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Why Rooting Scares Google
What’s this Rooting Nonsense, Anyway?
Rooting is the process by which you (re)gain full administrative access of your phone or tablet. Even though Android is an open source operating system – you still don’t have full “root access” to do what you please. Back when the iPhone launched in 2007 the more technically included quickly realized the true potential of the device, and the cruel software limitations that Apple had sealed it with. What became ‘Jailbreaking’ on the iPhone was quickly translated to other platforms as well, and when the world saw the first Android device back in 2008, the term “Rooting” was born.
Why Rooting Scares Google
Much to the chagrin of open-source advocates, Google appears to be taking steps to clamp down on the process – and has officially confirmed that rooted devices won’t be allowed to play nice with its newly debuted movie rental service that has recently been announced.
Users that have rooted their device who attempt to use the movie rental service will receive a ‘Error 49’ message when attempting to play a movie on a rooted device. Google has confirmed in a help article on its Android Market website. “Rooted devices are currently unsupported due to requirements related to copyright protection.”
Google has already enraged the music industry for debuting Google Music without coming to prior agreement from industry big-wigs, and is obviously reacting in such a way that attempts to strike a balance between what users are looking for (good content), coupled with a strong DRM (Digital Rights Management) solution to protect the intellectual property of the Media companies involved. This is a reasonable fear, of course, as rooted devices with super-user access will be able to find a way around the digital restrictions management technology – it’s just a matter of time. Undoubtedly, a war is brewing, and there is little Google will be able to do to prevent savvy users from being able to download a film for free, or keep it permanently once the rental period has expired.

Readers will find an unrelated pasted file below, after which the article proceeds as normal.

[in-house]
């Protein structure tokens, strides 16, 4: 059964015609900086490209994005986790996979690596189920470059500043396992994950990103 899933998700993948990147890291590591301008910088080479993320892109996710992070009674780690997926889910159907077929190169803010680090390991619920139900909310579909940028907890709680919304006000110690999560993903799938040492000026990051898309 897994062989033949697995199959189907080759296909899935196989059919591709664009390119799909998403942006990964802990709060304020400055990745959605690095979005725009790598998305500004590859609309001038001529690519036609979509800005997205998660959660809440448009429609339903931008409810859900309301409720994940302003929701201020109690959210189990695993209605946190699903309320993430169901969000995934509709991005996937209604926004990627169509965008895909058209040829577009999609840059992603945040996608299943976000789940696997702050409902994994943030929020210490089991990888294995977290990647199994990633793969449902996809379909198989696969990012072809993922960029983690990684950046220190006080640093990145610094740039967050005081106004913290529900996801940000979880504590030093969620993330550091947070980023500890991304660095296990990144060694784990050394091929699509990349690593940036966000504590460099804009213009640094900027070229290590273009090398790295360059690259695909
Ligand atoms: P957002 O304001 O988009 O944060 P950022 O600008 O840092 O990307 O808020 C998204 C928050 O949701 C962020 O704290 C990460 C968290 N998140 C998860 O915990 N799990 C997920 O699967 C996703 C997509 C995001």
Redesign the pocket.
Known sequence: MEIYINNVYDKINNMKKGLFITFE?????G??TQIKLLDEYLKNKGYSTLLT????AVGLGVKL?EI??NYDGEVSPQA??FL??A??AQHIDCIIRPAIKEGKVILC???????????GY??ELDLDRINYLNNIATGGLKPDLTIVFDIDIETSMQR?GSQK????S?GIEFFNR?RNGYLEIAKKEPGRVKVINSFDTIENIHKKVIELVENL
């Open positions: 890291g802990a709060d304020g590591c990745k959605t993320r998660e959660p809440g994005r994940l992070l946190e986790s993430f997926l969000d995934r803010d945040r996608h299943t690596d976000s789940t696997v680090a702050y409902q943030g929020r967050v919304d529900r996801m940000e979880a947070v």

For users who want to option of participating in Google’s film rental programme, the message is clear: you can choose between the flexibility of a rooted device, or the ability to rent films through the Android Market – but not both.
Follow the Money
Ultimately, as Intel’s CEO just alluded to an a recent earnings call, the more devices with Android on-board, the more money Google makes. Google distributes Android freely to manufacturers and makes money through advertising. It’s a very long term approach, and one that is already paying off. Rooting enables the user to take full ownership and control of their device, and do with it what they please. In the process, they can block all advertising on their phone, delete Carrier mandated bloatware, put up a firewall that stops information from going back to advertisers, developers and even Google itself. So, rooting is actually a very threatening process to the big G, and potentially one that threatens its business model as well. While Google has played nice for the time being, it is clear that this is the beginning of a long and challenging struggle that is likely to alienate Android’s most ardent evangelists.
The Reality of the Situation
Android is now the world’s number one mobile operating system, capturing over 36% of smartphone sales in the first quarter of 2011, and this is a trend that is unlikely to slow down – in fact, it’s accelerating. Android will likely be on over 50% of smartphones sold sometime within the next 12 months.
Google has always known that early adopters and open source evangelists have been profound purveyors of Android love, at least initially. They are the technology thought leaders in their communities and peer groups, and are arguably a big part of the reason why Android has become so successful, so quickly. However, the buck has to stop somewhere – so to speak – and Google now has the difficult task of reconciling what users want, and what pays.
In all reality however, the percentage of Android users that actually root their devices is still quite low, and occupies a similar percentage ‘territory’ to that of users who jailbreak their iOS device. At the end of the day, Google and the Android team are doing what they think is best for the platform as a whole. Everything they are currently doing, such as reigning in fragmentation, unifying the OS to work on a wide array of devices, and providing easy to use content ecosystems are all harbingers of great things to come.